Lenscratch Online Series
A series of features on contemporary photographers who are doing interesting work in the Canadian West. This is not an extensive list, rather a curated selection of documentary image-makers that are informing the question – “who is visually representing Western Canada today?” An attempt was made to find a balances across the four provinces. The concept behind the piece is framed by the idea of regionalism and how photography and landscape are closely related.
With the exception of Bouvier and Gardiner’s pieces, each feature is accompanied by a short write-up. For the article on Bouvier I organized a two-way interview on prairie food culture, and for Gardiner I conducted an interview on his movement as an emerging artist and how leaving, only to return to Western Canada, has influenced his work.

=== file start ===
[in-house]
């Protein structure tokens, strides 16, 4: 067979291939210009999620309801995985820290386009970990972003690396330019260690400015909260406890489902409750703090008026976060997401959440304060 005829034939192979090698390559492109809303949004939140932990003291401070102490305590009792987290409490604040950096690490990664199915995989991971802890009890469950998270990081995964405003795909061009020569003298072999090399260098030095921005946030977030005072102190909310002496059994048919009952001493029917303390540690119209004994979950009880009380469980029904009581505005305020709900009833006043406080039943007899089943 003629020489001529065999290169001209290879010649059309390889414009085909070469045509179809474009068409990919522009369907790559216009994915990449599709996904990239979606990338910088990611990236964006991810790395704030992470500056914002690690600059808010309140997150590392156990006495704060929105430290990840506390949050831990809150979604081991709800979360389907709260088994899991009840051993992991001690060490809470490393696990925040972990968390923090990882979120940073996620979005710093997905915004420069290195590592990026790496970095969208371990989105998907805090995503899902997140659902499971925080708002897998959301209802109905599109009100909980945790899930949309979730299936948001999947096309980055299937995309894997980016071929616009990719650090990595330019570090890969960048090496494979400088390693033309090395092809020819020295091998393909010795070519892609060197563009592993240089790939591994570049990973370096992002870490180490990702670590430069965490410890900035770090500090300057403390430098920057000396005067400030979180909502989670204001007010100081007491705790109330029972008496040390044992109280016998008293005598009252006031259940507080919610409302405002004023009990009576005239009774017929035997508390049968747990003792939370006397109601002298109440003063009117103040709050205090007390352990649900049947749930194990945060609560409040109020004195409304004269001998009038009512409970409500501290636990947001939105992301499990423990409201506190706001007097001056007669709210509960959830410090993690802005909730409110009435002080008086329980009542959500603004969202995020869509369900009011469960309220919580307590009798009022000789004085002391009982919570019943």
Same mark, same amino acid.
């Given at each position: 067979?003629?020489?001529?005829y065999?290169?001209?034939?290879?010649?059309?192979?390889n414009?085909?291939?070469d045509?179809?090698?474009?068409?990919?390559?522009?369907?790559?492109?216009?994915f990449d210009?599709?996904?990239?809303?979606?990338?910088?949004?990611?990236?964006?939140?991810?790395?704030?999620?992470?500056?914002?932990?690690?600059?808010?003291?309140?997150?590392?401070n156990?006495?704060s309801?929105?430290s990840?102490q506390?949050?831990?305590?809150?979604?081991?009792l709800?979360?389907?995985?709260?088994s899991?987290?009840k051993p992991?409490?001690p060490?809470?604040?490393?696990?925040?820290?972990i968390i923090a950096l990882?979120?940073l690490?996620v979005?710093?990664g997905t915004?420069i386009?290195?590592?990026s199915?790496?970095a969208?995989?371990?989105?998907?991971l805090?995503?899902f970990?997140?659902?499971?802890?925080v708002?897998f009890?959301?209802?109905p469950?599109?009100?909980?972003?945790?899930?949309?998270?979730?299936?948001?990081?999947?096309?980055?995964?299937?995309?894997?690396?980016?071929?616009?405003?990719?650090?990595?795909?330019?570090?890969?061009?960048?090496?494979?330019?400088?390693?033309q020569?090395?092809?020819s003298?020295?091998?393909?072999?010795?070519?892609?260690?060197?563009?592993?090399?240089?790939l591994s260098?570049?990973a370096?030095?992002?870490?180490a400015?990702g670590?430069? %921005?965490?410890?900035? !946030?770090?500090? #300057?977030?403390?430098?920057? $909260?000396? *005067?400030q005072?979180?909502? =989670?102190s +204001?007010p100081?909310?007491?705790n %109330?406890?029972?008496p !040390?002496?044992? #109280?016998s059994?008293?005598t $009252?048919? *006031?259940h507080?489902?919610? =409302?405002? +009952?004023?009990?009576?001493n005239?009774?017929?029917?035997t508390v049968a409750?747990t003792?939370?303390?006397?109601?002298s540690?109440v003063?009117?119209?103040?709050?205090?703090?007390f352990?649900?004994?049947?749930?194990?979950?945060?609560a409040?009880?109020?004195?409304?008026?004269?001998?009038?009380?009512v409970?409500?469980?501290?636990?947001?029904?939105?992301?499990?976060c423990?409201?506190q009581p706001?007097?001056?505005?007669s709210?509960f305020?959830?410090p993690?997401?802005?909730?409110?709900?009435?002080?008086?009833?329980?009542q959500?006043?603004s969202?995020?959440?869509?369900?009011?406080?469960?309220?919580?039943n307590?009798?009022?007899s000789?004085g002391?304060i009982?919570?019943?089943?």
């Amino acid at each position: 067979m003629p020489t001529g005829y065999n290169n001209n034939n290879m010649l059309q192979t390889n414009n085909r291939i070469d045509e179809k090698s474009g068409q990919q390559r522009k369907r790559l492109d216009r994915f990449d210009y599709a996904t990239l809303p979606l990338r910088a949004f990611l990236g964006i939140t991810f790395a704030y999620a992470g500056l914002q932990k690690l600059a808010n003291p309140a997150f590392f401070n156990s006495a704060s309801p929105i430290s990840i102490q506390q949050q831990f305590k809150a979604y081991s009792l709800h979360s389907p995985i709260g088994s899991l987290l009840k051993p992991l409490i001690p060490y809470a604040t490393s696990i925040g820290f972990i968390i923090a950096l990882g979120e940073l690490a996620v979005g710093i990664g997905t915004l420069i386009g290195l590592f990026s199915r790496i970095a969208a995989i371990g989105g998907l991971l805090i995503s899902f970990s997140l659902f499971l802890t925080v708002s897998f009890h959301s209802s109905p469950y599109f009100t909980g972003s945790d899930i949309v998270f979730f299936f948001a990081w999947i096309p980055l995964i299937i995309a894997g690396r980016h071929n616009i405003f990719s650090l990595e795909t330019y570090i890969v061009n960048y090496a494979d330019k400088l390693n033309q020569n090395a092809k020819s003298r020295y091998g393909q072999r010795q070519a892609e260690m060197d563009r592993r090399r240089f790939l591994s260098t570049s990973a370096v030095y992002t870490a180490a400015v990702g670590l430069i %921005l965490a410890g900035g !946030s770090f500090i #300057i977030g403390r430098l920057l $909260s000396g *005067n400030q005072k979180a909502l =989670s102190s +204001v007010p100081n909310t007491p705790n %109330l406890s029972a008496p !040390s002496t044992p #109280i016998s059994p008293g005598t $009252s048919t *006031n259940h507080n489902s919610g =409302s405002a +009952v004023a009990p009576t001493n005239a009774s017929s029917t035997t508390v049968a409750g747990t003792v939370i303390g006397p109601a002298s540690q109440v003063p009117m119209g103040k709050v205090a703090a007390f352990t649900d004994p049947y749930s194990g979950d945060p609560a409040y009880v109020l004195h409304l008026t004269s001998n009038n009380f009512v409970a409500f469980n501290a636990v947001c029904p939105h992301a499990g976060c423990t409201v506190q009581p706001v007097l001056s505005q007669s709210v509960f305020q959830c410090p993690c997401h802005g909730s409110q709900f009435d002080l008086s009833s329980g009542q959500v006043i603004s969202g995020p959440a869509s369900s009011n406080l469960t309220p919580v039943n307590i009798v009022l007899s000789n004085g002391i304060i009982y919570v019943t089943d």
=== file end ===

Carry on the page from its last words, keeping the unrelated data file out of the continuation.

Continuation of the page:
Defining the Canadian West:
The Canadian West is an amalgamation of the prairie regions (with varying prairie climates) of Alberta, Saskatchewan, Manitoba, and the Cordillera region of British Columbia—mountains and prairie grass juxtaposed. However mundane, landscapes are nonetheless monumental, exerting a place-specific vision upon its inhabitants. From a phenomenological perspective, one “unself-consciously and self-consciously accepts and recognizes the place as integral to his or her personal and communal identity and self-worth” (Seamon 17). That is to say, the landscape and place-attachment produces a particular way of seeing and understanding the land based on prolonged interaction.